Numerous cases of post-infectious Guillain-Barré syndrome (GBS) have been reported in the literature. Toscana virus (TOSV) is an arthropod-borne emerging pathogen in the Mediterranean area.Patient concerns:
A 40-year-old male patient was admitted to hospital for acute facial weakness, associated to numbness paraesthesias at lower and upper limbs. The neurological examination revealed facial diplegia and reduced tendon reflexes. The nerve conduction studies documented an acute motor and sensory axonal neuropathy (AMSAN); the lumbar puncture detected albuminocytologic dissociation. Serology for human immunodeficiency virus (HIV), Epstein-Barr Virus (EBV), Cytomegalovirus (CMV), mumps, and Borrelia was negative, as was cerebrospinal fluid (CSF) polymerase chain reaction assay for Herpes virus, Borrelia, Mycoplasma pneumoniae, Cryptococcus, and Mycobacterium tubercolosis. Positivity for TOSV IgG antibodies was found on both CSF and serum; the patient remembered being recently exposed to mosquitoes.Diagnoses:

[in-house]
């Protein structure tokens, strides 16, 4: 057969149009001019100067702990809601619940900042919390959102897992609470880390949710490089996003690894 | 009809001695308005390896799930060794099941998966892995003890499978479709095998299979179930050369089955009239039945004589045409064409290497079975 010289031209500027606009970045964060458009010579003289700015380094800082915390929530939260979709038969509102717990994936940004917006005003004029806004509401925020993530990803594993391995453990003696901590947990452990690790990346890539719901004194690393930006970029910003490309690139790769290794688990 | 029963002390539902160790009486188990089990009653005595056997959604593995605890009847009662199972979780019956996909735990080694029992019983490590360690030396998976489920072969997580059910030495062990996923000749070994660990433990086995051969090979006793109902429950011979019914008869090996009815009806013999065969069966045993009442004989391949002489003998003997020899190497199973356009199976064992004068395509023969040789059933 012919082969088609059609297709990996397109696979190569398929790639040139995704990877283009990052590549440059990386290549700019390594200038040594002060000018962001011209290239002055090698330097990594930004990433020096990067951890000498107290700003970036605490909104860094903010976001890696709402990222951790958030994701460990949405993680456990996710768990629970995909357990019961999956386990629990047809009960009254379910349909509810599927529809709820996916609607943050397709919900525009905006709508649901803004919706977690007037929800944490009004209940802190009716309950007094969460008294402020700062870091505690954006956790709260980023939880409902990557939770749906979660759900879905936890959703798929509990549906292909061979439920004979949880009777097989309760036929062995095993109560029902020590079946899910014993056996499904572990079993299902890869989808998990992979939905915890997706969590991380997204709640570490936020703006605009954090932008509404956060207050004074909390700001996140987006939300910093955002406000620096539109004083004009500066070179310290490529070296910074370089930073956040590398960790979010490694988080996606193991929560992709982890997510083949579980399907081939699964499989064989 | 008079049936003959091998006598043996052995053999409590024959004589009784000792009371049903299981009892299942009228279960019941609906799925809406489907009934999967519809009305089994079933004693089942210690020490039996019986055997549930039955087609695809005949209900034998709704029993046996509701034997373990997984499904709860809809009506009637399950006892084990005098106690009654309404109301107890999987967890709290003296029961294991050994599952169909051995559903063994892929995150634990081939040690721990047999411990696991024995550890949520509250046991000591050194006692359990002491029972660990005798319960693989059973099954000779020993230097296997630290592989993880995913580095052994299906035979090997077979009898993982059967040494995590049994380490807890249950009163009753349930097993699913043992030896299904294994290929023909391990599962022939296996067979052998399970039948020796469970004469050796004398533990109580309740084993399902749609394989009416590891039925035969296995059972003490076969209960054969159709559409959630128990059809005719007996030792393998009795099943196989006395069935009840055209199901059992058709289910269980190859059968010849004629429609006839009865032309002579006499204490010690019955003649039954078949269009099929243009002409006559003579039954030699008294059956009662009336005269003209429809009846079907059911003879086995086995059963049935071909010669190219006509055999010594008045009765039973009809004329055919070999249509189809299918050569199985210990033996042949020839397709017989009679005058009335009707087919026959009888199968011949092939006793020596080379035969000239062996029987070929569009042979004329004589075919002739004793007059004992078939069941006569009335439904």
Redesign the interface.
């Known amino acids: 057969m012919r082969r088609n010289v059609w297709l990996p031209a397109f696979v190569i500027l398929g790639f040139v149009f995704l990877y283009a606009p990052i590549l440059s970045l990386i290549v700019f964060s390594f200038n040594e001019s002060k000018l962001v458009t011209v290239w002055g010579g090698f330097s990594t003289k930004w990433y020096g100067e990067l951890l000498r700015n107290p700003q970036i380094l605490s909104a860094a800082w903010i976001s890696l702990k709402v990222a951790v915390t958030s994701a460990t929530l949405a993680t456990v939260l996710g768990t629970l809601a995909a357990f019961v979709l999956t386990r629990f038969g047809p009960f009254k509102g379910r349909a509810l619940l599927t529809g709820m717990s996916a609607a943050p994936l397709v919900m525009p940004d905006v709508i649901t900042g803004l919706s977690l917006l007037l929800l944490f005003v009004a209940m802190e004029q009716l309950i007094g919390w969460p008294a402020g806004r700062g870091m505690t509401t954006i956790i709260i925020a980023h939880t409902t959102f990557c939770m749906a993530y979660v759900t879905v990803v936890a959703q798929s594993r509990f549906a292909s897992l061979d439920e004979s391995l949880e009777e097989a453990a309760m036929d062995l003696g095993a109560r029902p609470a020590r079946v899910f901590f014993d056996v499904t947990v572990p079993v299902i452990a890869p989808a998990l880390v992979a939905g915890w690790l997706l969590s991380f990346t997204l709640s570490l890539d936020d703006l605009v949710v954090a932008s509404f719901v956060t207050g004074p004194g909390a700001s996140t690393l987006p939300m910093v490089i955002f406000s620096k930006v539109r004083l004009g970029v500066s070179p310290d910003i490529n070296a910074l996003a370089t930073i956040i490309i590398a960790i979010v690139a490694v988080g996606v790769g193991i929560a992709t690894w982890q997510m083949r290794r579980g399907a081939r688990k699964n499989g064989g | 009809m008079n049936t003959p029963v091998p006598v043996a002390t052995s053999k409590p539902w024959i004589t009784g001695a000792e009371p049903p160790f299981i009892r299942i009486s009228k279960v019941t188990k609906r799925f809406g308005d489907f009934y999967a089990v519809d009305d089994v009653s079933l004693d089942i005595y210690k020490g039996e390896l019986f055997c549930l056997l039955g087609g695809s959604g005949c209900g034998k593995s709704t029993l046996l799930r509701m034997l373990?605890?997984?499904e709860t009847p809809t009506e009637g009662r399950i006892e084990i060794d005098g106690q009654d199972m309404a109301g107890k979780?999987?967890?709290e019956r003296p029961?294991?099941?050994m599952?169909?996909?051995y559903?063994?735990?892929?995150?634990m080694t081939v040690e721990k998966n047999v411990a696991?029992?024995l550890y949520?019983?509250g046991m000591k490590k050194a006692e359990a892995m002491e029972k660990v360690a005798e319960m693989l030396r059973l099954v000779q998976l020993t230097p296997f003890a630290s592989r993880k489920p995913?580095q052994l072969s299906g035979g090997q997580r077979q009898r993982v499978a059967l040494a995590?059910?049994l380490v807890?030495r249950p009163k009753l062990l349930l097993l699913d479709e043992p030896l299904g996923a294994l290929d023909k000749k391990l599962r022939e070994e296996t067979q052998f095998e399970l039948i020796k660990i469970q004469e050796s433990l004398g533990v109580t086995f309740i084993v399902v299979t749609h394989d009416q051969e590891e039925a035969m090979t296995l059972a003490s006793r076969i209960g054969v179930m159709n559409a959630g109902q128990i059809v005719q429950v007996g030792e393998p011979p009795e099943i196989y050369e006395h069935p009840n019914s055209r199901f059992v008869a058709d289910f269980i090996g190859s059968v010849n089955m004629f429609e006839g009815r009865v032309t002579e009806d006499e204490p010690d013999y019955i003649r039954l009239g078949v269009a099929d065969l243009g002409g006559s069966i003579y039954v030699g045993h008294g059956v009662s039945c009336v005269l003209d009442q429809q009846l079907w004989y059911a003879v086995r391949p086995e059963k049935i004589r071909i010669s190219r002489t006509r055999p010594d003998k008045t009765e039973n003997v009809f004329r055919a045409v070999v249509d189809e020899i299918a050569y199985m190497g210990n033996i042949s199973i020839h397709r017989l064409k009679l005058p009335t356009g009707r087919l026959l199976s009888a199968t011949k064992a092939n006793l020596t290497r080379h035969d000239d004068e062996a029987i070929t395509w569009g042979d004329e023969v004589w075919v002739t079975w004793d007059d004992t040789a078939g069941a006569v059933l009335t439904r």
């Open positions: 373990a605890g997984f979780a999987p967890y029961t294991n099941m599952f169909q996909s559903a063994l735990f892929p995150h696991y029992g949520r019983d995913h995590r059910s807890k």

The AMSAN subtype of GBS, subsequent to a TOSV infection, was diagnosed.Interventions:
The patient was treated with plasma-exchange with complete clinical recovery, but a relapse occurred 9 months later, when the nerve conduction studies confirmed the presence of an AMSAN, which benefited from oral steroids.Outcomes:
A good clinical recovery was achieved after treatments.Lessons:
This is the first case, to the best of our knowledge, of a TOSV infection associated to a peripheral neuropathy mimicking a GBS syndrome, both clinically and electrophysiologically. The clinical spectrum of TOSV neurological complications seems to be wider than previously known: this should be taken into account by the scientific community and public health institutions.